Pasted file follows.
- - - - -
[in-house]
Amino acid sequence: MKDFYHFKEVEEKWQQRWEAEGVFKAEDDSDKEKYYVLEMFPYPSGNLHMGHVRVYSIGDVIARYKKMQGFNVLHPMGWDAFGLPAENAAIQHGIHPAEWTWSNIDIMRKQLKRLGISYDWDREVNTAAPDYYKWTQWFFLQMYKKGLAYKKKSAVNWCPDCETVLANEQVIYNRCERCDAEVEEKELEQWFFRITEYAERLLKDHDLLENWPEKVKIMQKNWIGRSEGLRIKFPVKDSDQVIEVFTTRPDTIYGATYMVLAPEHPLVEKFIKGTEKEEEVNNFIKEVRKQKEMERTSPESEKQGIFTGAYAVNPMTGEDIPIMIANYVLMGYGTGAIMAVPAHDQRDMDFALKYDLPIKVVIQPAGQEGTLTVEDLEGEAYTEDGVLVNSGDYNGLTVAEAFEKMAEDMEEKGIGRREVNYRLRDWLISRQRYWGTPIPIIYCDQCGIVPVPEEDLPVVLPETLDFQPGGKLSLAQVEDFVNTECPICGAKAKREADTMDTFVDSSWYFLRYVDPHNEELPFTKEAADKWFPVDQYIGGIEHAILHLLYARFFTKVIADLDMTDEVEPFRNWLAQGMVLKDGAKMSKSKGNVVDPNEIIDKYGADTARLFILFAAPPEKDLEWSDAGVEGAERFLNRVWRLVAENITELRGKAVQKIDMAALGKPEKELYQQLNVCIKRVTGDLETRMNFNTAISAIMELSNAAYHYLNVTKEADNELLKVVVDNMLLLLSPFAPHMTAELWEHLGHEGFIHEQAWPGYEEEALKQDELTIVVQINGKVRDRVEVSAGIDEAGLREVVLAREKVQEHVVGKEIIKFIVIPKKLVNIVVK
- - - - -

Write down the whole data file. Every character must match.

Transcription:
[in-house]
Amino acid sequence: MKDFYHFKEVEEKWQQRWEAEGVFKAEDDSDKEKYYVLEMFPYPSGNLHMGHVRVYSIGDVIARYKKMQGFNVLHPMGWDAFGLPAENAAIQHGIHPAEWTWSNIDIMRKQLKRLGISYDWDREVNTAAPDYYKWTQWFFLQMYKKGLAYKKKSAVNWCPDCETVLANEQVIYNRCERCDAEVEEKELEQWFFRITEYAERLLKDHDLLENWPEKVKIMQKNWIGRSEGLRIKFPVKDSDQVIEVFTTRPDTIYGATYMVLAPEHPLVEKFIKGTEKEEEVNNFIKEVRKQKEMERTSPESEKQGIFTGAYAVNPMTGEDIPIMIANYVLMGYGTGAIMAVPAHDQRDMDFALKYDLPIKVVIQPAGQEGTLTVEDLEGEAYTEDGVLVNSGDYNGLTVAEAFEKMAEDMEEKGIGRREVNYRLRDWLISRQRYWGTPIPIIYCDQCGIVPVPEEDLPVVLPETLDFQPGGKLSLAQVEDFVNTECPICGAKAKREADTMDTFVDSSWYFLRYVDPHNEELPFTKEAADKWFPVDQYIGGIEHAILHLLYARFFTKVIADLDMTDEVEPFRNWLAQGMVLKDGAKMSKSKGNVVDPNEIIDKYGADTARLFILFAAPPEKDLEWSDAGVEGAERFLNRVWRLVAENITELRGKAVQKIDMAALGKPEKELYQQLNVCIKRVTGDLETRMNFNTAISAIMELSNAAYHYLNVTKEADNELLKVVVDNMLLLLSPFAPHMTAELWEHLGHEGFIHEQAWPGYEEEALKQDELTIVVQINGKVRDRVEVSAGIDEAGLREVVLAREKVQEHVVGKEIIKFIVIPKKLVNIVVK